The components of personality the supervisors rated were three aspects of conscientiousness — achievement striving, self-discipline, and cautiousness — as well as the assertiveness facet of extraversion. Achievement-striving was indicated by the item “turns plans into action,” self-discipline by “is always prepared,” and cautiousness by “rushes into things” (reversed). Assertiveness was rated by “waits for others to lead the way” (reversed). The supervisors needed to state that they knew their employees well enough to rate them, but the choice of which employee to rate was based on last name rather than familiarity or liking.

As predicted, supervisors gave more glowing ratings of their employees under the faking good condition than in the honest condition. The ratings were consistently higher, but not by much. The employees did not rate themselves, though, so the only conclusion that could be drawn was that supervisors may be motivated to distort their ratings of those who work for them as much as people distort their own self-ratings. In the second study, this problem was corrected as participants (this time, working students) rated themselves, as did their supervisors. Both the employees and their supervisors provided ratings under the two conditions of faking good and honesty.

Armed with the two sets of ratings under the two conditions (faking versus honest), the researchers demonstrated that, in contrast to what we know about self-report bias, the supervisors actually rated their subordinates higher than the subordinates did themselves. The Saarlandes researchers believed this surprising result occurred because the study was done in Switzerland, “a country where modesty is considered a desirable trait.” (p. 189) The participants didn’t want to give themselves more credit than they felt they deserved.  

These studies' findings suggest that your ability to judge other people (and perhaps yourself) in personality traits is biased heavily by your motivations. The supervisors in this study could have preferred to view their employees in a positive light because to do so reflected positively on them. If this were a real-world situation, an additional bias might come from supervisors wishing to avoid being sued should the employees find that negative evaluations prevented them from being hired in their next job. You’ve probably been in a situation yourself, whether it’s with a babysitter or the person who painted your home.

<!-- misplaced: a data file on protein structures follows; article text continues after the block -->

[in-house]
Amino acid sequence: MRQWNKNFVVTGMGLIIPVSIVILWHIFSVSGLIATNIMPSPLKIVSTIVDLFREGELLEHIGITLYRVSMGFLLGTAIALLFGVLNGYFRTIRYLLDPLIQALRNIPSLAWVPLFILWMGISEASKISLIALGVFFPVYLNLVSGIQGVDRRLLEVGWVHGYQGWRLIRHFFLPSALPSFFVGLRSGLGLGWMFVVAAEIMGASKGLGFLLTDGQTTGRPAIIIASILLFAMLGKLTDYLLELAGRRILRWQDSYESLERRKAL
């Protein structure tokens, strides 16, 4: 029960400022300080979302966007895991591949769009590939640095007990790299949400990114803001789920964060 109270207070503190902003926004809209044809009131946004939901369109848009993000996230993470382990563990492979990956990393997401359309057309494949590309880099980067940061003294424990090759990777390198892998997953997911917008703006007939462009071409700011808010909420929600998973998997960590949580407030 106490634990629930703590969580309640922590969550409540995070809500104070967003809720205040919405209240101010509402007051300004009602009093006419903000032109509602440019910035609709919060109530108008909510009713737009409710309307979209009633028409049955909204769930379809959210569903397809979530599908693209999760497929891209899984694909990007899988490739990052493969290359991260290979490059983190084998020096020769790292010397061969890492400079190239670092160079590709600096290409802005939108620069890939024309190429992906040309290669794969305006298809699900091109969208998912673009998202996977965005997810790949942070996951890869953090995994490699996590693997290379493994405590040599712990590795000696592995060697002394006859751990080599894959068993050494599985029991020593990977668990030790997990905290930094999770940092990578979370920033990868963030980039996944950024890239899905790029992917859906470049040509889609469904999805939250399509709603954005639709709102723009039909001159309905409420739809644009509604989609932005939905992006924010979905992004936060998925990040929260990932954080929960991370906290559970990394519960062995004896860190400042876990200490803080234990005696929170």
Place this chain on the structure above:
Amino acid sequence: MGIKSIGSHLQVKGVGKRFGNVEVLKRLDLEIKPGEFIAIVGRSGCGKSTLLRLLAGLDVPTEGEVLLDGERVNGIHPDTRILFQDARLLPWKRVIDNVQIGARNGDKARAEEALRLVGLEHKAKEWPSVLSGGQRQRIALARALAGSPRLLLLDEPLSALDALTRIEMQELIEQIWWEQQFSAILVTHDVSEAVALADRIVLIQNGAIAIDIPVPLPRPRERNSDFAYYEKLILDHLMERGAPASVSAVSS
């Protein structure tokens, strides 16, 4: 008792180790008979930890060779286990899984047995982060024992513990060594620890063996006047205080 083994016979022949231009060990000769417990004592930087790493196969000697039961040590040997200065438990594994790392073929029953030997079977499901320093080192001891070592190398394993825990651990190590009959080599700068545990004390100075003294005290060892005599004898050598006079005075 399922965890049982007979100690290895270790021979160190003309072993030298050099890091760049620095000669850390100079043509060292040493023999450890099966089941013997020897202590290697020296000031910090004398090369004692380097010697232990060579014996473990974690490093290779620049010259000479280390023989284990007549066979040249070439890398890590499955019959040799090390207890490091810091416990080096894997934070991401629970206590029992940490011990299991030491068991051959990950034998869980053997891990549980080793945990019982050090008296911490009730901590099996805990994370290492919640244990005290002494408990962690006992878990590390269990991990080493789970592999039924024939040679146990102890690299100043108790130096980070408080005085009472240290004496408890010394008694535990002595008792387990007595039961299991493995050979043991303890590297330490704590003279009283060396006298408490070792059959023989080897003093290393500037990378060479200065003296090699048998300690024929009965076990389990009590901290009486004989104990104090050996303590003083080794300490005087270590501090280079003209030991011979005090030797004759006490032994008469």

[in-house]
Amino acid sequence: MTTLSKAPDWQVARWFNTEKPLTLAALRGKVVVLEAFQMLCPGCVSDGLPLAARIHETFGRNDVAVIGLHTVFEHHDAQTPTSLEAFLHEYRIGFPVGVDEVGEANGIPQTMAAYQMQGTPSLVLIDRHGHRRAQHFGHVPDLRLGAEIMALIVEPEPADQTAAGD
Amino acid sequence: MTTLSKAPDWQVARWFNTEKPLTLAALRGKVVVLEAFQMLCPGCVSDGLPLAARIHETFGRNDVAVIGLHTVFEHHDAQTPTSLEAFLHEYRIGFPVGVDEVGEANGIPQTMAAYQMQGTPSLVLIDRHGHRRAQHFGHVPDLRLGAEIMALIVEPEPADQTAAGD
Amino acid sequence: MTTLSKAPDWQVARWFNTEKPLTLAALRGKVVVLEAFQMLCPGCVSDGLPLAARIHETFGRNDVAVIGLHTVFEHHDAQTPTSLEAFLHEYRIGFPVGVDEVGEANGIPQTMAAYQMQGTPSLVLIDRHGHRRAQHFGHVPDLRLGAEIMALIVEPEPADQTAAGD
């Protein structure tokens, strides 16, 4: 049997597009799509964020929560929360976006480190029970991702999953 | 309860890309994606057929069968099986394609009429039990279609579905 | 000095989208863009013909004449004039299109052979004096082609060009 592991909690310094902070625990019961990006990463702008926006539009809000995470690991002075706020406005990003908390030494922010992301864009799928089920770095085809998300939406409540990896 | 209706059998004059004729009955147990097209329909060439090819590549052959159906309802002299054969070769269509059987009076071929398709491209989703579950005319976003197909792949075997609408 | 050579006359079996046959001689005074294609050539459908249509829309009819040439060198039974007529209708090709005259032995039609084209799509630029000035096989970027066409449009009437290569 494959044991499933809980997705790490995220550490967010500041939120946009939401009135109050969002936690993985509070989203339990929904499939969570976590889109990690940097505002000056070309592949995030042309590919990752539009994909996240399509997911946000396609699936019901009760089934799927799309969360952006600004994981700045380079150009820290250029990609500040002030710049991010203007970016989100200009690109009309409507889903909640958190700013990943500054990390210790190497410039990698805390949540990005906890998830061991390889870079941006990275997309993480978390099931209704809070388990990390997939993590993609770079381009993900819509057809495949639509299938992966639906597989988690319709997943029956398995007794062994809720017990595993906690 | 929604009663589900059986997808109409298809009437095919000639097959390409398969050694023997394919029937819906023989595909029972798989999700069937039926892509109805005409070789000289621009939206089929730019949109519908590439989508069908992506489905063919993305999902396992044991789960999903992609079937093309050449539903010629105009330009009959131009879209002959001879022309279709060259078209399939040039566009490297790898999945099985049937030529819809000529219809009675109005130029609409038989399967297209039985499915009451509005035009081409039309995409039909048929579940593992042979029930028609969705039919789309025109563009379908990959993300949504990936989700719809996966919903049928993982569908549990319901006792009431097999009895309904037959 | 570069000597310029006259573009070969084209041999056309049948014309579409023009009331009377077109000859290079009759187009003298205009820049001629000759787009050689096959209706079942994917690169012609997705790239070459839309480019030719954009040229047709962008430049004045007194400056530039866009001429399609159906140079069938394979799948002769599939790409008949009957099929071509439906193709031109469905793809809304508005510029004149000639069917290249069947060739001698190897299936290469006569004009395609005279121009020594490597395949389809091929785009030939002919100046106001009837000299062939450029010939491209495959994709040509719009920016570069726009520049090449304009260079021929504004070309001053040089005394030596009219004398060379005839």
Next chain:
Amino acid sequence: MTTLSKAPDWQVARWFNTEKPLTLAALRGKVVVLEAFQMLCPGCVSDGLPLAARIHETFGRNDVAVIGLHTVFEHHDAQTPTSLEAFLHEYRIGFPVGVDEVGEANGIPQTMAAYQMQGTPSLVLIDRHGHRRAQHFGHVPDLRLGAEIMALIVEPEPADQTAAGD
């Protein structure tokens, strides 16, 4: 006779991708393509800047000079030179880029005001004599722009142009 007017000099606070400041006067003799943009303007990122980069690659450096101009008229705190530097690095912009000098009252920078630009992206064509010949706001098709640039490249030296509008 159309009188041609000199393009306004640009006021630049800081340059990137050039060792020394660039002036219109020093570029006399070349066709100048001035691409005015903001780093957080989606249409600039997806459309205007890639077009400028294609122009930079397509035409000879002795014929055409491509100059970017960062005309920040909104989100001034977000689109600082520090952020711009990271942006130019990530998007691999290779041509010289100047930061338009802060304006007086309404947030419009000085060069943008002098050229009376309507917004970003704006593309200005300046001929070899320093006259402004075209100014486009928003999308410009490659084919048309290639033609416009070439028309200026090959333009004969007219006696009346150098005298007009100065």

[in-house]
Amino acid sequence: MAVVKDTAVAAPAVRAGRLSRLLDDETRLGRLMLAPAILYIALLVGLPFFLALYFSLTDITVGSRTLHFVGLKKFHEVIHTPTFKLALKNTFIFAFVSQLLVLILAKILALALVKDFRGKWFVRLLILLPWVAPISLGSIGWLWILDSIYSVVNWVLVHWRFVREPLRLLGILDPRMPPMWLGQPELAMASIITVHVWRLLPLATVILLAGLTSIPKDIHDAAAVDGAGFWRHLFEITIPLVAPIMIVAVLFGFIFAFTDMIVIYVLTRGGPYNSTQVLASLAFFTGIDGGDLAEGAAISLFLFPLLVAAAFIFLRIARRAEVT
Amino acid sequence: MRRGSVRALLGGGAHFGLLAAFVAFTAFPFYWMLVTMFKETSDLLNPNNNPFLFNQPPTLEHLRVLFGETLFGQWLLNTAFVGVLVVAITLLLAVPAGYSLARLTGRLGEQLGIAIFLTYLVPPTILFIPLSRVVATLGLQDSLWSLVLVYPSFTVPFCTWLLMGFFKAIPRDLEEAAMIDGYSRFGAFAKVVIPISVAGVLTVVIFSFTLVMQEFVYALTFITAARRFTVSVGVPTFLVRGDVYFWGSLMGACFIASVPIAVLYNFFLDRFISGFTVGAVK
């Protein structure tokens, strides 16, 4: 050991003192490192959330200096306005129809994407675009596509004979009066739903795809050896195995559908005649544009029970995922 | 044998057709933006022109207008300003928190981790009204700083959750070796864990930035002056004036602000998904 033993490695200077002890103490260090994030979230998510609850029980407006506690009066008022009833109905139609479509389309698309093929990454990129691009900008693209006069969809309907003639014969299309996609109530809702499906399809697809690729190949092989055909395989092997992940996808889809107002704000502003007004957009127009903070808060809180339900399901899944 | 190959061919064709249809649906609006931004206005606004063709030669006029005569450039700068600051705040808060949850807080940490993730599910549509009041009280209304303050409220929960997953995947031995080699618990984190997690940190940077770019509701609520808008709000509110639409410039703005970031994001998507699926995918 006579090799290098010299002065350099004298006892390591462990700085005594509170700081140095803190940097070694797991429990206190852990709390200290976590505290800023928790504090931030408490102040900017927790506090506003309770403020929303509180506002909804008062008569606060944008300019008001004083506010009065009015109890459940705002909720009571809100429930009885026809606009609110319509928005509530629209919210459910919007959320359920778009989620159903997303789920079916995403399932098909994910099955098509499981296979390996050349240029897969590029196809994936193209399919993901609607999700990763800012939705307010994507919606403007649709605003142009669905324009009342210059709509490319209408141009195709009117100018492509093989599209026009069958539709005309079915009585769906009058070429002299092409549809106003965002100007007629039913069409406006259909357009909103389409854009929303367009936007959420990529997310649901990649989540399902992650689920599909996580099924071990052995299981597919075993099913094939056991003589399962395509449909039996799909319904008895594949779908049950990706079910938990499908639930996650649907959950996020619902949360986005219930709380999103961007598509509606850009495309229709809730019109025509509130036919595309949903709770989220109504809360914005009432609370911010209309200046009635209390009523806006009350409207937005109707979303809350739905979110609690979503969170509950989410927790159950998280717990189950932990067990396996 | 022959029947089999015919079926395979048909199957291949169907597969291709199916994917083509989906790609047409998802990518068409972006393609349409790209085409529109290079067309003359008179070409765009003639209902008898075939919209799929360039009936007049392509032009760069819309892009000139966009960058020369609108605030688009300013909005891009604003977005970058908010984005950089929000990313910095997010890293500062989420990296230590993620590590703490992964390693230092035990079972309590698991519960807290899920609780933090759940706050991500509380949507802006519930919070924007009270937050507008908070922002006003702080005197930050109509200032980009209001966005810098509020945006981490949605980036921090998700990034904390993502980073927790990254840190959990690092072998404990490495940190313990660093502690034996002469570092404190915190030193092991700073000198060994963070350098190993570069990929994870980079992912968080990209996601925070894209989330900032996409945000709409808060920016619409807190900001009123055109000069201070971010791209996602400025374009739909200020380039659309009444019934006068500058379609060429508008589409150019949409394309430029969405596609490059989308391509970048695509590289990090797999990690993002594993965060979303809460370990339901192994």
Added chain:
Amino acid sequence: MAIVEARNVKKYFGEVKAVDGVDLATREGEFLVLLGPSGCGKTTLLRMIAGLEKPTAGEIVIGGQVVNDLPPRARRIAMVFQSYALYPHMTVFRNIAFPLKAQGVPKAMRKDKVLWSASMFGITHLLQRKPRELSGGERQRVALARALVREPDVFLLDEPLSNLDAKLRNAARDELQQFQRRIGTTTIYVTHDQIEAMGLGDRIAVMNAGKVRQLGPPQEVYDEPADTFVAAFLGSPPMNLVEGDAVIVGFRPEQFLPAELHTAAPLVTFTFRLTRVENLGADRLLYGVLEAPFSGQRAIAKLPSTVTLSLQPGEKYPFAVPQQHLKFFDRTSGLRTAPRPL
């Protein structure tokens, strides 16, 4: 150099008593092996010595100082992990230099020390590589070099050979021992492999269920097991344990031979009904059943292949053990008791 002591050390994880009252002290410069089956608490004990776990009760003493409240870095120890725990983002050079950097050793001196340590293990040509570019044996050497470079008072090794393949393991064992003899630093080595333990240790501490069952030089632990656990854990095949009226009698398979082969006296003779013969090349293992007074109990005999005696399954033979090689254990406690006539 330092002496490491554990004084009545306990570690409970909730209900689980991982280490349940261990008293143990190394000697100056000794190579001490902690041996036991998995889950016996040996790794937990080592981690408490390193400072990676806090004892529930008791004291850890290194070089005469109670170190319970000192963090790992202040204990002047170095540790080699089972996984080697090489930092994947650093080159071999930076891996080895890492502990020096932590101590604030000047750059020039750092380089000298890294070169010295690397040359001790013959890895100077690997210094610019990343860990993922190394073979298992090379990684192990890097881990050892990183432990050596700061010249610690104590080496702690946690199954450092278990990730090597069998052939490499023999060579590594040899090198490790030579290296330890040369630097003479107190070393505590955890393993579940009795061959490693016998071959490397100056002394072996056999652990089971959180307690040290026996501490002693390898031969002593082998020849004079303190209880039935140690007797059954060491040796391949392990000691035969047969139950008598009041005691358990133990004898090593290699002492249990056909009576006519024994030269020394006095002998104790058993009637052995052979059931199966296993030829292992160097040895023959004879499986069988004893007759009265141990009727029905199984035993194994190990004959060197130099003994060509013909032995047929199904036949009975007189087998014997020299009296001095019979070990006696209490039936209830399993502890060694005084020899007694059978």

To become a good judge of personality, the König and colleagues' study suggests that you remove those biased blinders that make you “want” to like, or dislike, the person. Try to throw aside those potentially misleading external clues which have nothing to do with personality and instead drill down into qualities such as reliability, loyalty, and honesty. Think back on what the person’s actually done, and be as specific as possible.

In seeking fulfilling relationships with others, we look out for a variety of personal qualities, not just the types of traits evaluated in this study. Recognizing how easily you can be biased, no matter what it is you’re judging, can help ensure that you’ve identified the people most likely to provide you with that fulfillment.

Follow me on Twitter @swhitbo for daily updates on psychology, health, and aging. Feel free to join my Facebook group, "Fulfillment at Any Age," to discuss today's blog, or to ask further questions about this posting.

Copyright Susan Krauss Whitbourne 2017

References

König, C. J., Thommen, L. S., Wittwer, A., & Kleinmann, M. (2017). Are observer ratings of applicants’ personality also faked? Yes, but less than self‐reports. International Journal of Selection And Assessment, 25(2), 183-192. doi:10.1111/ijsa.12171